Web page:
June 2020

Rabbit Hemorrhagic Disease Virus (RHDV2)

By Dr. Gregg Hanzlicek

Both domestic and wild rabbits in New Mexico, Texas, and more recently Colorado, have been diagnosed with RHDV2.

This is an extremely contagious disease with very high mortality.

Rabbit Hemorrhagic Disease Virus

The most common clinical sign is sudden death. This many times involves a large numbers of rabbits within a specific geographical location. Other signs observed may include blood stained nares and some rabbits may go off-feed, be febrile or present with nervous or respiratory signs.

Prevention is almost entirely dependent on biosecurity and sanitation including washing hands while working with rabbits and not sharing housing or equipment with other owners. (There is a vaccine available only in Colorado.)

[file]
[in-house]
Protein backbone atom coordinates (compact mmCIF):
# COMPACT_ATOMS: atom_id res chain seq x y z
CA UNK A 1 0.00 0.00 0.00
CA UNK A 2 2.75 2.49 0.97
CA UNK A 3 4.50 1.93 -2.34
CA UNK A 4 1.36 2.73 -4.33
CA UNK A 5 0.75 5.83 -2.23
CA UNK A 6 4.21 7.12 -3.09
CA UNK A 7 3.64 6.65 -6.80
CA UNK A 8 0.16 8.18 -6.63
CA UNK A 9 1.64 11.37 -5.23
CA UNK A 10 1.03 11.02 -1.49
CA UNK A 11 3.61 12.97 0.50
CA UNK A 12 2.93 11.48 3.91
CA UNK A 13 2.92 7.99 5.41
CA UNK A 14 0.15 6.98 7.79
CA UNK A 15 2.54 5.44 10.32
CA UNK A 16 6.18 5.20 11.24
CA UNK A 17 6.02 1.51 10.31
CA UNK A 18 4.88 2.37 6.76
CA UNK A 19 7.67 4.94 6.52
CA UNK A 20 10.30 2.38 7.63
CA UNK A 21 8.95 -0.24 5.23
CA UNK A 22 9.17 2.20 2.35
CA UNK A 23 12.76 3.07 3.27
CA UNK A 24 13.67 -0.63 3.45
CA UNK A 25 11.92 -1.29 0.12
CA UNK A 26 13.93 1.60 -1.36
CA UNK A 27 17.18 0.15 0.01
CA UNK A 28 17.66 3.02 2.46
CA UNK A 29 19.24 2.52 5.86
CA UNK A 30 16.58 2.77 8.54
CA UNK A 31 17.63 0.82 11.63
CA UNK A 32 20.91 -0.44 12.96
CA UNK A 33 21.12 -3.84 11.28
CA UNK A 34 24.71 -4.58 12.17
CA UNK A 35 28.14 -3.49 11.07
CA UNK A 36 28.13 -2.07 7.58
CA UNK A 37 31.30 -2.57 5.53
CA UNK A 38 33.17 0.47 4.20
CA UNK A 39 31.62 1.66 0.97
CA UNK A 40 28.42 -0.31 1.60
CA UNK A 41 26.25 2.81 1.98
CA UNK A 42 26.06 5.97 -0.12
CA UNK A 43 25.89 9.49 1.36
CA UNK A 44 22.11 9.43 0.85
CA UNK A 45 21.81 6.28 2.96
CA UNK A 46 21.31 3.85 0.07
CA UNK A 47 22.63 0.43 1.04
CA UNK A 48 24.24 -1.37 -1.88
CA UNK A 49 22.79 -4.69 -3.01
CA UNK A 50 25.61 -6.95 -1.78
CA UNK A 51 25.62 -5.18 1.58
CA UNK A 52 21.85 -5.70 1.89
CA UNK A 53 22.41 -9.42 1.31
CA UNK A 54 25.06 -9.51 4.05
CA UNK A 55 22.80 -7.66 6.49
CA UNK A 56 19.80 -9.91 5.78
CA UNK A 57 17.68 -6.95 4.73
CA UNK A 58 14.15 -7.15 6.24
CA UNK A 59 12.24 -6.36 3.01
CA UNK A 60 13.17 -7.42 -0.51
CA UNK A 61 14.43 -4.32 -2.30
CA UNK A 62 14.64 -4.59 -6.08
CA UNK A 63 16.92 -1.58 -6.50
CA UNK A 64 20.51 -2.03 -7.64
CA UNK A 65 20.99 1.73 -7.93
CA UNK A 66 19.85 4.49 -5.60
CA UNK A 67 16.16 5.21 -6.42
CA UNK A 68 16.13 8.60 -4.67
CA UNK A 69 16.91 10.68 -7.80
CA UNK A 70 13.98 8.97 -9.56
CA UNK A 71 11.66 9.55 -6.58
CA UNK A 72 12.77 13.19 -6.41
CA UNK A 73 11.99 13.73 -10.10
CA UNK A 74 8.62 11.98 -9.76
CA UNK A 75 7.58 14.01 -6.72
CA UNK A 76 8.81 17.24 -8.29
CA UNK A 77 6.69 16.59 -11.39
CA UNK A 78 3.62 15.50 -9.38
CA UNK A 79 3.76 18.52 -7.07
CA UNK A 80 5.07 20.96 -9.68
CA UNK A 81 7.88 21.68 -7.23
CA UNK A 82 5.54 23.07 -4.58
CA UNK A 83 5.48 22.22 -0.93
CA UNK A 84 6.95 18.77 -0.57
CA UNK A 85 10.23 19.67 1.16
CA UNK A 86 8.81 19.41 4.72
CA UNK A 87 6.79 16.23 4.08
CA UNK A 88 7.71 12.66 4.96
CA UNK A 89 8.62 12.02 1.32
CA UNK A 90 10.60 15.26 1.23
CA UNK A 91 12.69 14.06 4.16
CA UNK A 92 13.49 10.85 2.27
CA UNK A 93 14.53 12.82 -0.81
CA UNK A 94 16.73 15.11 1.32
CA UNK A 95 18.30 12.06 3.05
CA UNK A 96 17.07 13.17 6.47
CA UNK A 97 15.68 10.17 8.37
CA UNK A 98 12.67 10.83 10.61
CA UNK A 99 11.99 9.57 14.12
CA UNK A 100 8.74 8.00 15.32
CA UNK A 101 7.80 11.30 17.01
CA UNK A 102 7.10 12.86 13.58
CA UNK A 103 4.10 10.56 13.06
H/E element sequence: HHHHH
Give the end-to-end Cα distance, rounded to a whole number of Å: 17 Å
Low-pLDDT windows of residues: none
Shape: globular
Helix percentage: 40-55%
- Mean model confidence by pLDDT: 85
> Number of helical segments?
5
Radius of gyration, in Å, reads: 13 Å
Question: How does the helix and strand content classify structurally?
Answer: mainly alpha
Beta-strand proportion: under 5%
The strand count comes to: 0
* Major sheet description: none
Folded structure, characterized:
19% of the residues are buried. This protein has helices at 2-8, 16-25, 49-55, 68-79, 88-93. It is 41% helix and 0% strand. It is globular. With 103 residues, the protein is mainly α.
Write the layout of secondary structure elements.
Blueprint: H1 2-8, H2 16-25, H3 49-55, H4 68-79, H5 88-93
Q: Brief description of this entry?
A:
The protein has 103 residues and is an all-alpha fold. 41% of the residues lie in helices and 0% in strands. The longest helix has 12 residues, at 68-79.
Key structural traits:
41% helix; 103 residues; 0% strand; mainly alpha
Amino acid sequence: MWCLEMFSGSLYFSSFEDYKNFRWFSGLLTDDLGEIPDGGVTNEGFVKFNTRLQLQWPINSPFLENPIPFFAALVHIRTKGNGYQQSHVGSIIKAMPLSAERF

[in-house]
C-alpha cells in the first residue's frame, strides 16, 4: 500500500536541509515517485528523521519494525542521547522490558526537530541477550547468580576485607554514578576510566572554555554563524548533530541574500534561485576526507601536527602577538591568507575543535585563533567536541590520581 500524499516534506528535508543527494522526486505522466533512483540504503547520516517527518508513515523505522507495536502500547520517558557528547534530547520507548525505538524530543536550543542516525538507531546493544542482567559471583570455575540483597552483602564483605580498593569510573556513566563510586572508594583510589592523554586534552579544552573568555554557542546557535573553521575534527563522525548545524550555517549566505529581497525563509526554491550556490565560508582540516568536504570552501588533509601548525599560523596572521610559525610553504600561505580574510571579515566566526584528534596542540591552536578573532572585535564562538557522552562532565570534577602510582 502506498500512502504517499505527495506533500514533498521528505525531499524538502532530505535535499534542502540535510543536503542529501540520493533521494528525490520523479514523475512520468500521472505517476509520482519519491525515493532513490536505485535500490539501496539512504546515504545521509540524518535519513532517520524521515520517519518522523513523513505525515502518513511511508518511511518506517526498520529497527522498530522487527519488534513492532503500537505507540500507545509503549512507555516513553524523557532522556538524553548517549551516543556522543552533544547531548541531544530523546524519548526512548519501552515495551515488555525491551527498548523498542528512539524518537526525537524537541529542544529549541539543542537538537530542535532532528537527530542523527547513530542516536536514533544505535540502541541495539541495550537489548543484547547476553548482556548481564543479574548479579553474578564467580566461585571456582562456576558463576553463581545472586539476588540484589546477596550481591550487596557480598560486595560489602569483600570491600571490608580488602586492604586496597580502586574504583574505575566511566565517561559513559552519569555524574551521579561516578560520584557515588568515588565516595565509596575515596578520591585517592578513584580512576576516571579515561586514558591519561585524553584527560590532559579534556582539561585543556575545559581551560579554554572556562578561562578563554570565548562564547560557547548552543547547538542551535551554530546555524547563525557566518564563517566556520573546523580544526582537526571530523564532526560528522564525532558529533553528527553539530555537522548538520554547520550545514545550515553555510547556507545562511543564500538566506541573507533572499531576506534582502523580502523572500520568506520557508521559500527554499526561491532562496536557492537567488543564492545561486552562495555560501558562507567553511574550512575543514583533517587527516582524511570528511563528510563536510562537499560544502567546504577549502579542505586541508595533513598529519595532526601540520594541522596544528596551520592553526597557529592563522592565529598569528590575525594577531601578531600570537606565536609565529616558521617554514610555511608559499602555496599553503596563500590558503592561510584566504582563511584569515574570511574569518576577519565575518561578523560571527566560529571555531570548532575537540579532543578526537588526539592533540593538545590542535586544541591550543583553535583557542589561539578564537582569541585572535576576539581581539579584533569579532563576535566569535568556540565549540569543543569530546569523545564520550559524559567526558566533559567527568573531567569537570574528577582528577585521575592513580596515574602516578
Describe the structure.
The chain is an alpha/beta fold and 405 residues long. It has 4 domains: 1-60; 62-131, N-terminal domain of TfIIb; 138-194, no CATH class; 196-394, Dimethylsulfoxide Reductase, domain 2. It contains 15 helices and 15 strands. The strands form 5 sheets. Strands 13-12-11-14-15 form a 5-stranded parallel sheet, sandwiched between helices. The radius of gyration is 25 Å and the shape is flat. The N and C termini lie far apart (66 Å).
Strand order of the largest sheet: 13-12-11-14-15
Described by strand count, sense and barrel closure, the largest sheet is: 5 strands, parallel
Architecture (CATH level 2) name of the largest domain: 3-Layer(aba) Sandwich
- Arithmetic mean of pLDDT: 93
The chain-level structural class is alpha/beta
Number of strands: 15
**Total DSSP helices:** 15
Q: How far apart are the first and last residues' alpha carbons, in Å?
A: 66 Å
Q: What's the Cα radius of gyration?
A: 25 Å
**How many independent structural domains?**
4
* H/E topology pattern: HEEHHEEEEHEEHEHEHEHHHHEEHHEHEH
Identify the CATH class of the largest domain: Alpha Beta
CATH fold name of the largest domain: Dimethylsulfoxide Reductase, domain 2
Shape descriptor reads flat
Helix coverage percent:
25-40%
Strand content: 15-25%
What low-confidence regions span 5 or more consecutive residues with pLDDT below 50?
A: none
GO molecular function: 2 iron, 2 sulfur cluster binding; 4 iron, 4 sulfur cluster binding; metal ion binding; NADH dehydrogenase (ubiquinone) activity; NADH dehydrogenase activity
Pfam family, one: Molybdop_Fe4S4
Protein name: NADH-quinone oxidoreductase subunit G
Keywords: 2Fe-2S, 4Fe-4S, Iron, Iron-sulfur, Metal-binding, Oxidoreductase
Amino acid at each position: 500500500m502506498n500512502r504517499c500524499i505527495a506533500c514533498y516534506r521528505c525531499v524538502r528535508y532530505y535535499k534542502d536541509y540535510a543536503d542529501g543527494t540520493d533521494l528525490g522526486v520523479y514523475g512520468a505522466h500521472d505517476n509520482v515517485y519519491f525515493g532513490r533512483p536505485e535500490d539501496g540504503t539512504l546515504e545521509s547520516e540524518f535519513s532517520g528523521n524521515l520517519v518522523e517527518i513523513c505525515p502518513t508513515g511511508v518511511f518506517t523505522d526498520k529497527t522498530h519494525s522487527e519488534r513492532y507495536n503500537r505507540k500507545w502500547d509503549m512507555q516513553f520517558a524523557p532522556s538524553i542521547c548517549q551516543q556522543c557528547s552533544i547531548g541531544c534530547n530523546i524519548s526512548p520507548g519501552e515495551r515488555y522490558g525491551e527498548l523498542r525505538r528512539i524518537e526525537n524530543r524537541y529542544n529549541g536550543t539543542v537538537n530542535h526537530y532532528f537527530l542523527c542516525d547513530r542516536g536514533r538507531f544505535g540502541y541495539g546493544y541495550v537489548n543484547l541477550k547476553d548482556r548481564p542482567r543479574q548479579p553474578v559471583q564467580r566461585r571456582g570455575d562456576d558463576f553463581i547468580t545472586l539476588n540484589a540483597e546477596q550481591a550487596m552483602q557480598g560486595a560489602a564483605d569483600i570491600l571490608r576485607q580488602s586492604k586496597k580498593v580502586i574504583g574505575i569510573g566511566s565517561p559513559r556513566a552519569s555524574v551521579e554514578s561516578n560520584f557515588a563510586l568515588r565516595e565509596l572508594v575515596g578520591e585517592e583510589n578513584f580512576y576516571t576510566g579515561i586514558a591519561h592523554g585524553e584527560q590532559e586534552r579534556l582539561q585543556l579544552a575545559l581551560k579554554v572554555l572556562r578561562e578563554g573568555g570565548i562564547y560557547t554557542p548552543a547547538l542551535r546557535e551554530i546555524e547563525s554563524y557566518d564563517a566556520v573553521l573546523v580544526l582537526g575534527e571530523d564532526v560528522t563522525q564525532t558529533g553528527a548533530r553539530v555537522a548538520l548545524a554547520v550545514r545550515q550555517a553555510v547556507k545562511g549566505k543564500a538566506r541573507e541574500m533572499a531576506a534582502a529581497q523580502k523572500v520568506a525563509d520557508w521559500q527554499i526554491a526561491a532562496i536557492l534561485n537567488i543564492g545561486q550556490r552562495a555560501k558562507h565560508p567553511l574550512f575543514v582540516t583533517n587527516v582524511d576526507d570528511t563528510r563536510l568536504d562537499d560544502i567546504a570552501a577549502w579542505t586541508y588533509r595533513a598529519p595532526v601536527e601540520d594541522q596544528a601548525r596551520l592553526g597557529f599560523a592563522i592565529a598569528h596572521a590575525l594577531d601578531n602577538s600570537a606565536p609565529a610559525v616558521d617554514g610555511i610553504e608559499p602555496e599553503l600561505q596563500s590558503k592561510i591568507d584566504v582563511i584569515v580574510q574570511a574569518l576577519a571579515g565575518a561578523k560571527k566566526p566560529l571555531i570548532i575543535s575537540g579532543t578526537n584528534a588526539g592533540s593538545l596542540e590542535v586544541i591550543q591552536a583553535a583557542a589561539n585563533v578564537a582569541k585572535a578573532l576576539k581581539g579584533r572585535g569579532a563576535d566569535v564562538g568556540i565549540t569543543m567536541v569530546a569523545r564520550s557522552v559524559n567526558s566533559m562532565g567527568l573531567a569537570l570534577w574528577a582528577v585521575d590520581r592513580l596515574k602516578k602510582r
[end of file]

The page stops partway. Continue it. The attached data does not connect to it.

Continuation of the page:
This virus is not infectious to other animal species, including humans.

This is considered to be a foreign animal disease (FAD); in cases when veterinarians suspect RHDV2, they should contact their State Veterinarian’s Office for assistance in sampling and diagnoses.


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